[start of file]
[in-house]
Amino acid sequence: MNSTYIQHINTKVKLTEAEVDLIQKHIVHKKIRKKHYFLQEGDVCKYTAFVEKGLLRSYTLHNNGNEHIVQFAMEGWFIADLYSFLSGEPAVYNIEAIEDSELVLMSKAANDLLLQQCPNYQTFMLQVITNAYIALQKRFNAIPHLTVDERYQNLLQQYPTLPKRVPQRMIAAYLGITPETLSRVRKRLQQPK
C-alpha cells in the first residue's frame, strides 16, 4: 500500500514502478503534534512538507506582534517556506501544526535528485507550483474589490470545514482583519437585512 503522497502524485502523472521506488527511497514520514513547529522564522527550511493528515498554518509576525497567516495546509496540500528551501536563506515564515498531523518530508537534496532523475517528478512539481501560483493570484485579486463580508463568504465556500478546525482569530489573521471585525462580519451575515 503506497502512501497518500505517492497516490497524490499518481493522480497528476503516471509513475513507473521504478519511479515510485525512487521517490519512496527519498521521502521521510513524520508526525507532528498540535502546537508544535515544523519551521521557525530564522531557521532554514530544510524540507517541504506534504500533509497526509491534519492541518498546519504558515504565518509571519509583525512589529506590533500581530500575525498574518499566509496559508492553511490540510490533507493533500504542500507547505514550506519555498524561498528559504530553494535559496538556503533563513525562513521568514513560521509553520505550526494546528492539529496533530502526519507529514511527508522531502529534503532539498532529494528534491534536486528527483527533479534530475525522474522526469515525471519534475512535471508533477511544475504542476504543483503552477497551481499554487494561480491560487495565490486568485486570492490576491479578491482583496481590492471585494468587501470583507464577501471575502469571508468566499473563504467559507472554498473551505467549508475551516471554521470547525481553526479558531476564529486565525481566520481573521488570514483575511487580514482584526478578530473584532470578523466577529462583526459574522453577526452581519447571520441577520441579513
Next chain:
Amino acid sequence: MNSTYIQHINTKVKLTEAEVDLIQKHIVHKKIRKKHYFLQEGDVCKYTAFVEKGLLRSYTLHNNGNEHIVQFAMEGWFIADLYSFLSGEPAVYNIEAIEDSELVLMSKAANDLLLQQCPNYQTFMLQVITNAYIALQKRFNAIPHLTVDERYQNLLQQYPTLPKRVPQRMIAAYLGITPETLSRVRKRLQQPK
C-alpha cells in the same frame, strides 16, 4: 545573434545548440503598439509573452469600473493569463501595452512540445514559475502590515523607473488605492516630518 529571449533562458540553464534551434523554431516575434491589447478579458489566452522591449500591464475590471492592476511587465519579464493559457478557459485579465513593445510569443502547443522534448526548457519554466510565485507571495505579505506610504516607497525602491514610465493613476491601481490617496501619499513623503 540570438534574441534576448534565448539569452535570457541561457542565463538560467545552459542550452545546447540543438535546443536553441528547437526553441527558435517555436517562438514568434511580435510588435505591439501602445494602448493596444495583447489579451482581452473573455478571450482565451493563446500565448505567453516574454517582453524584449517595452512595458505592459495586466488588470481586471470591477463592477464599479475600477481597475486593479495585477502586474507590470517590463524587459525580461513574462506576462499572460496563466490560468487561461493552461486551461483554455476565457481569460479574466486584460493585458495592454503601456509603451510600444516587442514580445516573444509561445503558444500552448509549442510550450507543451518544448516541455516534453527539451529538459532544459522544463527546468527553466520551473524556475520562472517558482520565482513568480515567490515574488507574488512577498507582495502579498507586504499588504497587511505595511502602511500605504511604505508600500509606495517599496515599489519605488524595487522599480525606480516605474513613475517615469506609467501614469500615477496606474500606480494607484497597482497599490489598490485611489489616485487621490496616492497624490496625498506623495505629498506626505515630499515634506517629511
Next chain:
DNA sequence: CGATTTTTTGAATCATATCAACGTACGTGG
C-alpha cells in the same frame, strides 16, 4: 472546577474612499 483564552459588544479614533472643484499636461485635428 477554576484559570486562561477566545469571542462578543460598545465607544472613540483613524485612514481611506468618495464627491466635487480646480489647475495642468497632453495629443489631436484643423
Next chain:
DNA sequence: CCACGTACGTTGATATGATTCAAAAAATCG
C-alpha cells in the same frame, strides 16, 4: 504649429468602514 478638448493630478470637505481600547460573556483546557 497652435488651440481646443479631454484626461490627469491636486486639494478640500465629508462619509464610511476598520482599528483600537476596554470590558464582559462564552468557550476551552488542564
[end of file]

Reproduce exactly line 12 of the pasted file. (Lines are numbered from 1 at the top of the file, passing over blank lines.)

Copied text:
C-alpha cells in the same frame, strides 16, 4: 504649429468602514 478638448493630478470637505481600547460573556483546557 497652435488651440481646443479631454484626461490627469491636486486639494478640500465629508462619509464610511476598520482599528483600537476596554470590558464582559462564552468557550476551552488542564